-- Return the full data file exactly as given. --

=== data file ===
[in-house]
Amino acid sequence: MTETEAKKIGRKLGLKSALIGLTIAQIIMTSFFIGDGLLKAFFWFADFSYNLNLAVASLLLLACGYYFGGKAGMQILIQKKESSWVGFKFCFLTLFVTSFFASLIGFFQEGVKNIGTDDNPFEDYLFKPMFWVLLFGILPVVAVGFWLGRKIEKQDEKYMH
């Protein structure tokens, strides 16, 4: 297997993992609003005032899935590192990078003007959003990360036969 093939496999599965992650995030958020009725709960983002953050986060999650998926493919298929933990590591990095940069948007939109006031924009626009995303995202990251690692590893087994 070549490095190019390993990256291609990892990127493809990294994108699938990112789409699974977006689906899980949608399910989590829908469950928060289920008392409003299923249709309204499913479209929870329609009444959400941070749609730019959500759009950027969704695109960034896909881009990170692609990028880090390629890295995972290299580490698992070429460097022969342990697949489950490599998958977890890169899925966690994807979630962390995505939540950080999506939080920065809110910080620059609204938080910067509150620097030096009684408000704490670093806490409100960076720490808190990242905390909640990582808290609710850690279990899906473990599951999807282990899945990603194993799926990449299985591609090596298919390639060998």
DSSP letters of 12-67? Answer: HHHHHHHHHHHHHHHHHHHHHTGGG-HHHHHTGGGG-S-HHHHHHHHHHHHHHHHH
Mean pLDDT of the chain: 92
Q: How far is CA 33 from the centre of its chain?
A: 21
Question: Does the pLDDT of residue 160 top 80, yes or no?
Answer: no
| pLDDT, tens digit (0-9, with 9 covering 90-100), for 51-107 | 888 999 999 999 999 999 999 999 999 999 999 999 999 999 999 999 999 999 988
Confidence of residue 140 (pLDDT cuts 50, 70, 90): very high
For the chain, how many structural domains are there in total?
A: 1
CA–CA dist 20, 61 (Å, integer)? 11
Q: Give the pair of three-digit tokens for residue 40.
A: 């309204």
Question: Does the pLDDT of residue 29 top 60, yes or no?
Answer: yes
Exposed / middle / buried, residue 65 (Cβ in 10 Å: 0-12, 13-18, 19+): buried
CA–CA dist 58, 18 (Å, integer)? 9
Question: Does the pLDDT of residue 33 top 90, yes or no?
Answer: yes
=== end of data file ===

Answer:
[in-house]
Amino acid sequence: MTETEAKKIGRKLGLKSALIGLTIAQIIMTSFFIGDGLLKAFFWFADFSYNLNLAVASLLLLACGYYFGGKAGMQILIQKKESSWVGFKFCFLTLFVTSFFASLIGFFQEGVKNIGTDDNPFEDYLFKPMFWVLLFGILPVVAVGFWLGRKIEKQDEKYMH
């Protein structure tokens, strides 16, 4: 297997993992609003005032899935590192990078003007959003990360036969 093939496999599965992650995030958020009725709960983002953050986060999650998926493919298929933990590591990095940069948007939109006031924009626009995303995202990251690692590893087994 070549490095190019390993990256291609990892990127493809990294994108699938990112789409699974977006689906899980949608399910989590829908469950928060289920008392409003299923249709309204499913479209929870329609009444959400941070749609730019959500759009950027969704695109960034896909881009990170692609990028880090390629890295995972290299580490698992070429460097022969342990697949489950490599998958977890890169899925966690994807979630962390995505939540950080999506939080920065809110910080620059609204938080910067509150620097030096009684408000704490670093806490409100960076720490808190990242905390909640990582808290609710850690279990899906473990599951999807282990899945990603194993799926990449299985591609090596298919390639060998």
DSSP letters of 12-67? Answer: HHHHHHHHHHHHHHHHHHHHHTGGG-HHHHHTGGGG-S-HHHHHHHHHHHHHHHHH
Mean pLDDT of the chain: 92
Q: How far is CA 33 from the centre of its chain?
A: 21
Question: Does the pLDDT of residue 160 top 80, yes or no?
Answer: no
| pLDDT, tens digit (0-9, with 9 covering 90-100), for 51-107 | 888 999 999 999 999 999 999 999 999 999 999 999 999 999 999 999 999 999 988
Confidence of residue 140 (pLDDT cuts 50, 70, 90): very high
For the chain, how many structural domains are there in total?
A: 1
CA–CA dist 20, 61 (Å, integer)? 11
Q: Give the pair of three-digit tokens for residue 40.
A: 């309204």
Question: Does the pLDDT of residue 29 top 60, yes or no?
Answer: yes
Exposed / middle / buried, residue 65 (Cβ in 10 Å: 0-12, 13-18, 19+): buried
CA–CA dist 58, 18 (Å, integer)? 9
Question: Does the pLDDT of residue 33 top 90, yes or no?
Answer: yes